Young Adults Tweet #YOLO When They Don't Study, Get Drunk or Drive Too Fast


However, social media do help spread tastes when it comes to movies and music, she added.

It's also possible that people tweeting about dangerous behavior are lying, Indiana University anthropologist Ilana Gershon said. Some users create Twitter personas as a sort of experiment, she added.

"It's not just the act of doing it, it's the act of announcing it publically," Gershon said. "For some people, it's really fun to lie about risky behavior. They get to see what a certain kind of response would mean without actually doing it."

Gershon wrote a book about how Facebook affects relationships. She is now researching how people create personas on Twitter tailored to landing certain jobs.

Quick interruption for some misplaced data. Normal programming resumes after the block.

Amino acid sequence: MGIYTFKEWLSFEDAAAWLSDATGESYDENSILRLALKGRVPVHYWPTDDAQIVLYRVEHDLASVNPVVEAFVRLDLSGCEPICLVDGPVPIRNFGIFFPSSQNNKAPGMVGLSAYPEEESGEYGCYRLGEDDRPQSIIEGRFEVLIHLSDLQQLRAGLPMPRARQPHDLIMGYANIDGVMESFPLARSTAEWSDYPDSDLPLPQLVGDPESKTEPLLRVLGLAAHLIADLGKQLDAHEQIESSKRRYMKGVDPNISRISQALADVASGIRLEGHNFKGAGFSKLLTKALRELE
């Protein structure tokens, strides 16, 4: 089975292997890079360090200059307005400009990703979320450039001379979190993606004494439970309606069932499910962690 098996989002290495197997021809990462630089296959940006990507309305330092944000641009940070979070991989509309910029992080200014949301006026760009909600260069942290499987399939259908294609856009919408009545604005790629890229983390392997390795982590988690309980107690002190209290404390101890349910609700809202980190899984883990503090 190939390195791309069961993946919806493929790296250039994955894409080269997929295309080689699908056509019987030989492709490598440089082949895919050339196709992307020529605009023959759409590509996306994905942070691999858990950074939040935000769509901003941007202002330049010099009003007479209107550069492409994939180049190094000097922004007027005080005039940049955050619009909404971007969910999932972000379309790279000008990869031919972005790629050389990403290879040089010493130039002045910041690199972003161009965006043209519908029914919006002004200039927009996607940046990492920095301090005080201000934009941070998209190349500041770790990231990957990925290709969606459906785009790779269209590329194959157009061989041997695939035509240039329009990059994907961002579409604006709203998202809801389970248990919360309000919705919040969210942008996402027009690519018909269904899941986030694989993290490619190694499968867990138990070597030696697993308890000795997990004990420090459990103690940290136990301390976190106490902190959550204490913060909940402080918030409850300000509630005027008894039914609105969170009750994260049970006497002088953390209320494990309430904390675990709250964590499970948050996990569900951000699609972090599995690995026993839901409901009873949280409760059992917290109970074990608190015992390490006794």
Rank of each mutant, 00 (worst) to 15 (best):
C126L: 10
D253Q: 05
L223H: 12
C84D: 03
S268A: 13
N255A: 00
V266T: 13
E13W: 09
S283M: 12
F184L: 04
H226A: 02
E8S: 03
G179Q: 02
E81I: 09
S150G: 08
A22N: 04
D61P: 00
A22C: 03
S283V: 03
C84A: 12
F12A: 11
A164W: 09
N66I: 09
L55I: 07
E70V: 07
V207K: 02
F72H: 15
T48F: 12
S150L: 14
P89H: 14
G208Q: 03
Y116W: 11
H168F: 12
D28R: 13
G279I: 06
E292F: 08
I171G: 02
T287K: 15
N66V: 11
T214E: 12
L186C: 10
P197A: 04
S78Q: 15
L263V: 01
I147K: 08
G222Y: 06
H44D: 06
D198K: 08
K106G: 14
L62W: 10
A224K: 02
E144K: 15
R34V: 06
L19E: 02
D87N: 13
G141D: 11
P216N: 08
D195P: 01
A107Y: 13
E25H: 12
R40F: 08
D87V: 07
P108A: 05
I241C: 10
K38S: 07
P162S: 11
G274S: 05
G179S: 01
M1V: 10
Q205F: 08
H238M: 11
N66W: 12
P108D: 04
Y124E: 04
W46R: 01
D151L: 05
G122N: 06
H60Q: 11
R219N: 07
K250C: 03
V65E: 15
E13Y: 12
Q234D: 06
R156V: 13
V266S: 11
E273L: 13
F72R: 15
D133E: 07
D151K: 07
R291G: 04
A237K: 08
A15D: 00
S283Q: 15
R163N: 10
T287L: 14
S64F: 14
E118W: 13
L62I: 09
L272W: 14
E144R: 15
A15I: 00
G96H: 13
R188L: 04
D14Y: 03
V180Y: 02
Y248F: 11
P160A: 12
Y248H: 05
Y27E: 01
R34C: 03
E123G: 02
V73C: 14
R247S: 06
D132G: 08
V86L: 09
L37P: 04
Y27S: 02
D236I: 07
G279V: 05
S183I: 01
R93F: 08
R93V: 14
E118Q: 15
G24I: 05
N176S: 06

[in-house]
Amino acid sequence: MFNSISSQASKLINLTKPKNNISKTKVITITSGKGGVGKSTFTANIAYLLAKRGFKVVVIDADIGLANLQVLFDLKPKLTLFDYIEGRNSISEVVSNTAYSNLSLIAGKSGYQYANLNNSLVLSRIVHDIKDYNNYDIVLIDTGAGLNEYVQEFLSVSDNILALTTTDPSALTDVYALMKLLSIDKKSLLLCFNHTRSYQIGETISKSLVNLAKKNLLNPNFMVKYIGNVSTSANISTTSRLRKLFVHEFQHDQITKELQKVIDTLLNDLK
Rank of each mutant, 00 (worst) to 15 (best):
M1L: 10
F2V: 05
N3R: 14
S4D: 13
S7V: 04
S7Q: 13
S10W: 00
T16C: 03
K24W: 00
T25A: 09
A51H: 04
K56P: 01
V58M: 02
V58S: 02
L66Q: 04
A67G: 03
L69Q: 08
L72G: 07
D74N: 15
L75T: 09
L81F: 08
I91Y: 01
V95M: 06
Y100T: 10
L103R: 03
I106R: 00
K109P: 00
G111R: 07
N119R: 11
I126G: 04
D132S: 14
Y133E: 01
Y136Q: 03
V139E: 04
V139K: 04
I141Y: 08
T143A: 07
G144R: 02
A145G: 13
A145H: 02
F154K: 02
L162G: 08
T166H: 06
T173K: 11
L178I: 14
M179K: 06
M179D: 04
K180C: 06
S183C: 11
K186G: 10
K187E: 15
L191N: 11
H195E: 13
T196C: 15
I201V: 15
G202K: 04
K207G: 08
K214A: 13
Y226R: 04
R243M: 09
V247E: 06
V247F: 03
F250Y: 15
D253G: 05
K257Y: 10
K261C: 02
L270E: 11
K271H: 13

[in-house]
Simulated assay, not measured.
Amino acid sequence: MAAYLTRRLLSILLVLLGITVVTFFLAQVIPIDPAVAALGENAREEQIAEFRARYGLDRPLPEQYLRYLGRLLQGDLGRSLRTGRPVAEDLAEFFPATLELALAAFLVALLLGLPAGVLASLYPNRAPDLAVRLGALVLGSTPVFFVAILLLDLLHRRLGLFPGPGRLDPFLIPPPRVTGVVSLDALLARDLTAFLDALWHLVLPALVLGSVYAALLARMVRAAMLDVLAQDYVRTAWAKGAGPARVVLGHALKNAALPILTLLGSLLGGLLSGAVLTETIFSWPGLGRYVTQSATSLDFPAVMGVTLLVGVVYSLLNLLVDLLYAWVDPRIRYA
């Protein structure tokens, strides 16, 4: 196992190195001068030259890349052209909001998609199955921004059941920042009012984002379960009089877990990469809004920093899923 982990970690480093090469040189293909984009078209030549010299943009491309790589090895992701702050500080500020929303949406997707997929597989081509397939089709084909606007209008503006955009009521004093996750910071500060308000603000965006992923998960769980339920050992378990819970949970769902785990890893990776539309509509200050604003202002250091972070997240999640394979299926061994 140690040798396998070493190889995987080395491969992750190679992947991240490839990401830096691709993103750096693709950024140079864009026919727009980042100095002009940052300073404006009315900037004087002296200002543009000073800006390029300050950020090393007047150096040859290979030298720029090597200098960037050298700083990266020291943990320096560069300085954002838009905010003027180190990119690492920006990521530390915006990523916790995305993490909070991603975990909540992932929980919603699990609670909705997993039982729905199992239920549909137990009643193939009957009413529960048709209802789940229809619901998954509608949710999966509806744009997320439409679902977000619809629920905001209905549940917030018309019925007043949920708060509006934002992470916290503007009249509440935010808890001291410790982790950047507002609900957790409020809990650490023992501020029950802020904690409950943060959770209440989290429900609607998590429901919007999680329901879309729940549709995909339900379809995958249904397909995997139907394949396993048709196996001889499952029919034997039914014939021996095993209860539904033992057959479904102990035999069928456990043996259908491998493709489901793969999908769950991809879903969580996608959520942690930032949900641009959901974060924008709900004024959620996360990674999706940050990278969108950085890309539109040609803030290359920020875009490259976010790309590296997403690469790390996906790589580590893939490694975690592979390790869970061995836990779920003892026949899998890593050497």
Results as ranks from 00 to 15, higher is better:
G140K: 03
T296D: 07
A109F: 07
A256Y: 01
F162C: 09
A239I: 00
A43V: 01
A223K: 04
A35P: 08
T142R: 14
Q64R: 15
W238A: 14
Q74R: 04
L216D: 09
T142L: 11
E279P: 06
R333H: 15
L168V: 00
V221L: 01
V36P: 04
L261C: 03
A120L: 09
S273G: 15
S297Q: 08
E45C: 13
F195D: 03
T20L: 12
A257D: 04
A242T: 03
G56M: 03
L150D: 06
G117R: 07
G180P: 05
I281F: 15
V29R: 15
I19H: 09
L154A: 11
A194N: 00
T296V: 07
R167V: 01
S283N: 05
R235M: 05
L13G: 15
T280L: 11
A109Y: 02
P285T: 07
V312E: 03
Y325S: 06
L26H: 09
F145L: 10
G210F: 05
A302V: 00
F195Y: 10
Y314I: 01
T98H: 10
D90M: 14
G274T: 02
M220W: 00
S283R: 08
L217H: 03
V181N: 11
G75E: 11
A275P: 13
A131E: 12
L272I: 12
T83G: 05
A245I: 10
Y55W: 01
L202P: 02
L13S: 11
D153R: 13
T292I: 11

"People constantly believe other people's profiles, and admitted to me a great deal to which they lie on their own," she said.

Canadian pop artist Drake coined the acronym in a song called "The Motto." YOLO's popularity online began in California last October before spreading to Florida and Texas, up the East Coast and then to the rest of the country, according to Google Trends, which maps search term popularity over time.

According to Topsy, other YOLO Twitter trends included dialing a random telephone number and wearing or not wearing knee pads.

Eventually, Twitter users started reminding the YOLO crowd that they didn't have horcruxes, the soul fragments that Voldemort thought would make him immortal in the Harry Potter series. About 304,000 tweets contained both the terms YOLO and horcruxes.

Think you know the most popular health search trend of 2012? Think again. Read our story.

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